,
      • Bach P.B.
      • Cramer L.D.
      • Schrag D.
      • et al.
      The influence of hospital volume on survival after resection for lung cancer.
      ,
      • Trinh Q.D.
      • Bjartell A.
      • Freedland S.J.
      • et al.
      A systematic review of the volume-outcome relationship for radical prostatectomy.
      ). This association was attributed to the hospital and surgeon's experience which yielded improved rates of achieving negative margins (
      • Cornish J.A.
      • Tekkis P.P.
      • Tan E.
      • et al.
      The national bowel cancer audit project: The impact of organisational structure on outcome in operative bowel cancer within the United Kingdom.
      ,
      • Gietelink L.
      • Henneman D.
      • van Leersum N.J.
      • et al.
      The influence of hospital volume on circumferential resection margin involvement: Results of the Dutch surgical colorectal audit.
      ,
      • Luryi A.L.
      • Chen M.M.
      • Mehra S.
      • et al.
      Positive surgical margins in early stage oral cavity cancer: An analysis of 20,602 cases.
      ) and higher rates of dissecting involved lymph nodes (
      • Cornish J.A.
      • Tekkis P.P.
      • Tan E.
      • et al.
      The national bowel cancer audit project: The impact of organisational structure on outcome in operative bowel cancer within the United Kingdom.
      ,
      • Siemens D.R.
      • Mackillop W.J.
      • Peng Y.
      • et al.
      Lymph node counts are valid indicators of the quality of surgical care in bladder cancer: A population-based study.
      ,
      • Siemens D.R.
      • Mackillop W.J.
      • Peng Y.
      • et al.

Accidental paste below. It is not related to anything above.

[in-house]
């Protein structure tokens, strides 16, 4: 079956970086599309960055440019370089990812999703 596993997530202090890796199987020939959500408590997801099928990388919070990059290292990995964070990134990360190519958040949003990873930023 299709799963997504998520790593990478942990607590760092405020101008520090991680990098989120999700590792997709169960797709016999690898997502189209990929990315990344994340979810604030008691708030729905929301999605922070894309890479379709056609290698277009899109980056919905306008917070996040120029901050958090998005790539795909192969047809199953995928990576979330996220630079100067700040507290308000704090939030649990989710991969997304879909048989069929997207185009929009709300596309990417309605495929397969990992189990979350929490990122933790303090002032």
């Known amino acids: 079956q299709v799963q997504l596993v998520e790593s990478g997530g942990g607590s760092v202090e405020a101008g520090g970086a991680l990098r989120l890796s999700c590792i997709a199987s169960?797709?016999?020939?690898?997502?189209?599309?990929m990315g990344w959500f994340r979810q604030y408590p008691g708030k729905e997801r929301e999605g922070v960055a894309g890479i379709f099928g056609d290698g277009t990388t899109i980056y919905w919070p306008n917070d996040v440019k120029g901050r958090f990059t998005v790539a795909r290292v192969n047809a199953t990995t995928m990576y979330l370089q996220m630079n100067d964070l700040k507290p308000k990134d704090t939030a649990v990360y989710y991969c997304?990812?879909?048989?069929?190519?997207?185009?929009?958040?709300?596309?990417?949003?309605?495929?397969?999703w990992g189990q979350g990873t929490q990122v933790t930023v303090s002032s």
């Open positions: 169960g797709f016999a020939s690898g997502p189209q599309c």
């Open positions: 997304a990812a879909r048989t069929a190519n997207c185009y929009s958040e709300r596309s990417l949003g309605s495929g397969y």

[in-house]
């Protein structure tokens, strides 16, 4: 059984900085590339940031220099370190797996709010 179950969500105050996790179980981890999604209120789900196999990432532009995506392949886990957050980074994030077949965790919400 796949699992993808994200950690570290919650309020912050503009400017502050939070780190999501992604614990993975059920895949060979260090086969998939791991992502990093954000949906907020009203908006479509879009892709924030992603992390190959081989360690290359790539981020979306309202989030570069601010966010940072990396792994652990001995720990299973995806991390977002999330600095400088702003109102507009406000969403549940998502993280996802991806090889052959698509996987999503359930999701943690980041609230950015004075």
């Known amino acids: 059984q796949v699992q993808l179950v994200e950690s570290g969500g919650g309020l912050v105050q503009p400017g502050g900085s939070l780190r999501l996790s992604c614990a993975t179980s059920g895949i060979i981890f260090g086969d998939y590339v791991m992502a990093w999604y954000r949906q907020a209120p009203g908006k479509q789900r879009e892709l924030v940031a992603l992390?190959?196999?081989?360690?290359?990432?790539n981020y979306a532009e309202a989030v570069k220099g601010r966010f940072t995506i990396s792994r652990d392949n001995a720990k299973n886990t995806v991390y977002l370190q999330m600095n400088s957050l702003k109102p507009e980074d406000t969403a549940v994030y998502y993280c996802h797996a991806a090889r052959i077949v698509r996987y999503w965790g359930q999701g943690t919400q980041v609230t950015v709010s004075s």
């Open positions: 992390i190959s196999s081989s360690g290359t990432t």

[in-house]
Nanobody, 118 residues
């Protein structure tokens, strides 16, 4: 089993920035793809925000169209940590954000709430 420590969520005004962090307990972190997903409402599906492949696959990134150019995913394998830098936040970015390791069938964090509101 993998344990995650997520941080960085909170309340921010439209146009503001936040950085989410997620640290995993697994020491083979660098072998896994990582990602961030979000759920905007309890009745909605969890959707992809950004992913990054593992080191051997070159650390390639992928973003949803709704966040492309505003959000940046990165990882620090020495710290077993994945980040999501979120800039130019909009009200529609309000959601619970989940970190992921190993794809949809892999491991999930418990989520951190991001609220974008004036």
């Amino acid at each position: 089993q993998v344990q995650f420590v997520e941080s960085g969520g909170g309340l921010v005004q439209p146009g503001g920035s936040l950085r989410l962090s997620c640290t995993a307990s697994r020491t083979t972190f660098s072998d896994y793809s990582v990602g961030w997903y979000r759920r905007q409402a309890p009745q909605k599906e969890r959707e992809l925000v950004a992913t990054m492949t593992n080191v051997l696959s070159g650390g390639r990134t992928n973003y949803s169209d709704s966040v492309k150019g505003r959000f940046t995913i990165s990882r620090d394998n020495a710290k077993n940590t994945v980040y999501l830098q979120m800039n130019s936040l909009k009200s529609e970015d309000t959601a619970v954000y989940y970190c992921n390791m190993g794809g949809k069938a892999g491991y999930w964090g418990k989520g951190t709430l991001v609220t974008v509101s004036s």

Processes of care and the impact of surgical volumes on cancer-specific survival: A population-based study in bladder cancer.
      ). However, there is limited data about whether this volume effect exists in radiation-treated cancer patients (
      • Wuthrick E.J.
      • Zhang Q.
      • Machtay M.
      • et al.
      Institutional clinical trial accrual volume and survival of patients with head and neck cancer.
      ), and whether treatment at a radiation facility that treats a high case volume of cancer patients is associated with improved survival (
      • Wang E.H.
      • Rutter C.E.
      • Corso C.D.
      • et al.
      Patients selected for definitive concurrent chemoradiation at high-volume facilities achieve improved survival in stage III non-small-cell lung cancer.
      ). To explore this possibility, we conducted a nationwide cancer database analysis to specifically compare the overall survival of radiation-treated high-risk prostate cancer in high versus low radiation case volume (RCV) facilities.

      Methods and Materials

       Data source and study population

      Our study population was derived from the National Cancer Database (NCDB), a joint program of the Commission on Cancer (CoC) and the American Cancer Society (ACS). NCDB is a nationwide hospital-based database capturing 70% of newly diagnosed cases and those cases are diagnosed and treated at CoC accredited cancer programs (
      • Mohanty S.
      • Bilimoria K.Y.
      Comparing national cancer registries: The National Cancer Data Base (NCDB) and the Surveillance, Epidemiology, and End Results (SEER) program.